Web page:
Information design (also known as 'information architecture') is the study of the details of complex systems. Among these are websites, user interactions, databases, technical writing documentation, and human-computer interfaces.
Communication about environmental risk is important and problematic. A few prior researchers have explored the impact of information design in this area. This paper describes research done involving one common graphic tool, the risk ladder. Risk ladders explain the magnitude of risk from an environmental hazard, often by including comparative information about more familiar risks.
Rapid serial visual presentation (RSVP) represents a mechanism for exhibiting temporal information instead of spatial information to overcome the limitations of small-screen devices. Previous studies examining this area focused only on information presented by RSVP displays and disregarded changes in the performance of accompanying tasks associated with such displays. Therefore, this investigation performed a dual-task experiment (a search task for static information and a reading task for RSVP display information) to examine the effects of presentation mode (character-by-character, word-by-word, and one-line format), speed (171, 260, 350, and 430 characters per minute, or cpm), and text-flow orientation (vertical and horizontal orientation) of RSVP display information on the visual performance of users during different stages of usage (whether current usage is the first, second, third, fourth, fifth, or eighth day of usage) for a small screen.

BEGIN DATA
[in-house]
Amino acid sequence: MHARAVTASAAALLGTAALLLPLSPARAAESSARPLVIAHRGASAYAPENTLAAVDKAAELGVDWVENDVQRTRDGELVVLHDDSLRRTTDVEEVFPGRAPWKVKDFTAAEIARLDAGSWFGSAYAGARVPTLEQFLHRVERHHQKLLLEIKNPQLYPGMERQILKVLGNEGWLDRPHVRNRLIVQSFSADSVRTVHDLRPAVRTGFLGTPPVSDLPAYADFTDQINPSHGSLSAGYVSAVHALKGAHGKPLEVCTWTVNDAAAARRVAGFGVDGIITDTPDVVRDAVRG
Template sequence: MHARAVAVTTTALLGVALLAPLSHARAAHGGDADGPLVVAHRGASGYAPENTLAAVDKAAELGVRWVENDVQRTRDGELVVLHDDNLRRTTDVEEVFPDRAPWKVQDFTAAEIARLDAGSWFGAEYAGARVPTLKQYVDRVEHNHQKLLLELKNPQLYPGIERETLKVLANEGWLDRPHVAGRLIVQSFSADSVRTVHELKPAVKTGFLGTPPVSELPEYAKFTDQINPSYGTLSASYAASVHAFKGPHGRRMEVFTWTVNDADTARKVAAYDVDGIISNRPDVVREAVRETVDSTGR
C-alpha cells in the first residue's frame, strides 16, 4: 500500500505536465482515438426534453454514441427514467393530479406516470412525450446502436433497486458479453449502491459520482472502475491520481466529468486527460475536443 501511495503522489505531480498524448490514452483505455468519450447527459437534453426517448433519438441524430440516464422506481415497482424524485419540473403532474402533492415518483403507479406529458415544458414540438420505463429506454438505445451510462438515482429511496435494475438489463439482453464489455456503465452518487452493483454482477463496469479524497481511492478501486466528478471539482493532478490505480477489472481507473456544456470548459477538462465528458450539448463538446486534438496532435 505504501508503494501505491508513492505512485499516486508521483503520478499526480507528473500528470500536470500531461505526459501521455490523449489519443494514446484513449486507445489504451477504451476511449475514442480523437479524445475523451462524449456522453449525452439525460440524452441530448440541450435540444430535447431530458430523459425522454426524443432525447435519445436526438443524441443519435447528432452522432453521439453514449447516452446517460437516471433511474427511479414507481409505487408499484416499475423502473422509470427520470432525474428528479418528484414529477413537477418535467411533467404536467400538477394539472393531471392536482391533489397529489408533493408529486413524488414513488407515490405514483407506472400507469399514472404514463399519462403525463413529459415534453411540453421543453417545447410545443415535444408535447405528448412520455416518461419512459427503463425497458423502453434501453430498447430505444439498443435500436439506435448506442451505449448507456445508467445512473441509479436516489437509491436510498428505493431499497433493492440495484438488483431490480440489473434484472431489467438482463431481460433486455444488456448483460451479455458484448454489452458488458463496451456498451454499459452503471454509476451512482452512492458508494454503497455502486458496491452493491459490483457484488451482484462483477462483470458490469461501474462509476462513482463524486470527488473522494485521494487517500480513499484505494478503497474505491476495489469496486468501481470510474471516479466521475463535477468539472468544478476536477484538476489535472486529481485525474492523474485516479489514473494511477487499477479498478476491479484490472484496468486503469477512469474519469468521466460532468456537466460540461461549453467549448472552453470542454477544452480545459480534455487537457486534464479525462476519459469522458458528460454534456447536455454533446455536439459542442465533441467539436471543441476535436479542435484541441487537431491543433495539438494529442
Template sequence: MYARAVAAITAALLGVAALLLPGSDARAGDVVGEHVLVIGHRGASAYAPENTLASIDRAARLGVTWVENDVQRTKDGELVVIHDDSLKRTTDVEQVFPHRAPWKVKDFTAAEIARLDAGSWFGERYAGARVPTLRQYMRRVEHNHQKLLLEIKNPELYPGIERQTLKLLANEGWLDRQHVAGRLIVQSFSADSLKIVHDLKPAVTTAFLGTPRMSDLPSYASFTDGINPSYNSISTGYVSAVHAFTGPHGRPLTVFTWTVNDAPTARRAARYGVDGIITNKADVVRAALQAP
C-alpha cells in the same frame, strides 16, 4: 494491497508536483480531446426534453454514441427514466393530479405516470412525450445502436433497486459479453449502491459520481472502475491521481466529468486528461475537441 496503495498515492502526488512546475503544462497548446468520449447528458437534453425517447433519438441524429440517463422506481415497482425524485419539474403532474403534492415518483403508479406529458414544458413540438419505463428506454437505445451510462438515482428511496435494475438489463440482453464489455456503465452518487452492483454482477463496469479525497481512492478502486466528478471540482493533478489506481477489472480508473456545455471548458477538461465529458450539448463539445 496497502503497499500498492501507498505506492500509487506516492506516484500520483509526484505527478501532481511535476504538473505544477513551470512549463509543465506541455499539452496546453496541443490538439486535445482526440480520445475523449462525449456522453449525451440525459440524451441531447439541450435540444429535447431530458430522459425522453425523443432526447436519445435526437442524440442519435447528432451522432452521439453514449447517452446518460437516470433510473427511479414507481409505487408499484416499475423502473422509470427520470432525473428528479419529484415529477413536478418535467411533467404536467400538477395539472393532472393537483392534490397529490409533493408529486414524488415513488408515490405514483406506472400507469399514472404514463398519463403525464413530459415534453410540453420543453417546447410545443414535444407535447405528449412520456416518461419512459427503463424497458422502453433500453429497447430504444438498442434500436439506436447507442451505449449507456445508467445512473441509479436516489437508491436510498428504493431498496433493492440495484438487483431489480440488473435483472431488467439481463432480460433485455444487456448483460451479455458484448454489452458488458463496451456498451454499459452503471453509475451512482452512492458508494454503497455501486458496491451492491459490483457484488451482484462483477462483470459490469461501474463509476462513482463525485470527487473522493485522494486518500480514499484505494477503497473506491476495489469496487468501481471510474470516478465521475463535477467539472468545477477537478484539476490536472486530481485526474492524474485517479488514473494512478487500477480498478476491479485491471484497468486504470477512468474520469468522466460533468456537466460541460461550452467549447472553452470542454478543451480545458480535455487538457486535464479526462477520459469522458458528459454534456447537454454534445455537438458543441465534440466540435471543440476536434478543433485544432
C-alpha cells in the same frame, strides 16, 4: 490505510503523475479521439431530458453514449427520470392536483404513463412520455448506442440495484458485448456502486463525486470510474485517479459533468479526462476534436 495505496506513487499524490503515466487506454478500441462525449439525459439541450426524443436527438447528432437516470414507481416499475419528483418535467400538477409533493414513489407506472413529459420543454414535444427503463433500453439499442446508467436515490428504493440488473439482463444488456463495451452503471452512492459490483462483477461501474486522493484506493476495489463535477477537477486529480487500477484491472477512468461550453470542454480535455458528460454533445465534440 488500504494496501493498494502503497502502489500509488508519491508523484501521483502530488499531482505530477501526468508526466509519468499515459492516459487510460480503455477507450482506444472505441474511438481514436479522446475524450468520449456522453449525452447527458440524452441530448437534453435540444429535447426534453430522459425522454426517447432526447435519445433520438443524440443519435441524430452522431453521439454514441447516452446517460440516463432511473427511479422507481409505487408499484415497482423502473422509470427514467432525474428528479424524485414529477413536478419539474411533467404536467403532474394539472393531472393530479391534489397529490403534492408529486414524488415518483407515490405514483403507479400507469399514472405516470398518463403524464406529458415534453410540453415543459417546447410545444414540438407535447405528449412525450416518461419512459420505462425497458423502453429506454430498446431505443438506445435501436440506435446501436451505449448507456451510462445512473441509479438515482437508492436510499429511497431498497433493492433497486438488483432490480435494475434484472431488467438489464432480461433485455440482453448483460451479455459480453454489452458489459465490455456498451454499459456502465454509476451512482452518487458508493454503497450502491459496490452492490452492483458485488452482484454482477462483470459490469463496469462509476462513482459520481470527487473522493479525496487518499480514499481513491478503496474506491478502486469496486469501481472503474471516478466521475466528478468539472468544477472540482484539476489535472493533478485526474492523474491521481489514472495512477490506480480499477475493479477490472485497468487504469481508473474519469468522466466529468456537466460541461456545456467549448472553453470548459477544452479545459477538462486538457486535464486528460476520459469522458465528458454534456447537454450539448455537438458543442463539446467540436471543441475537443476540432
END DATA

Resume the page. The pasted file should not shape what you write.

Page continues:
Binary XML has been a controversial and hotly debated topic in the XML community for many years. The XML 1.x syntax is very flexible and provides a common information representation for a vast array of systems. The XML marketplace has generated a seemingly endless collection of low cost, high quality, rapidly evolving technologies that make creating, sharing, manipulating, securing and accessing information easier. Systems that have adopted XML are cashing in on the economic and interoperability benefits of the XML marketplace. Some believe the introduction of a second, more efficient encoding for XML information would drastically reduce or destroy the flexibility or interoperability benefits of XML.
This will be the story of my life from the time my boss came to me and said, 'Hey, maybe we could do that Knowledge Base in XML. I hear good things about that XML,' to the time that I figured out everything I needed to know and deployed a fully functional XML knowledge base to the world.
To write a chapter about a topic which is so new and developing so rapidly that changes take place just about everyday is an interesting challenge. What I hope to accomplish in these few pages is to explain what electronic publishing is and explore a number of issues associated with this new area of information dissemination. Yes!, this is a new area of dissemination! And perhaps this is the place to start - by defining electronic publishing. Electronic publishing is a new form of communication. Electronic publishing, for the purposes of scholarly scientific presentation of results, is the creation of a scholarly work which is in a totally electronic (non-paper) form from its creation to its publication or dissemination. An electronic journal is a product that was specifically developed and designed for the Internet, a product which is not re-worked printed material that is delivered electronically. As I hope to show in this chapter, electronic journals and electronic publishing is much more than an alternat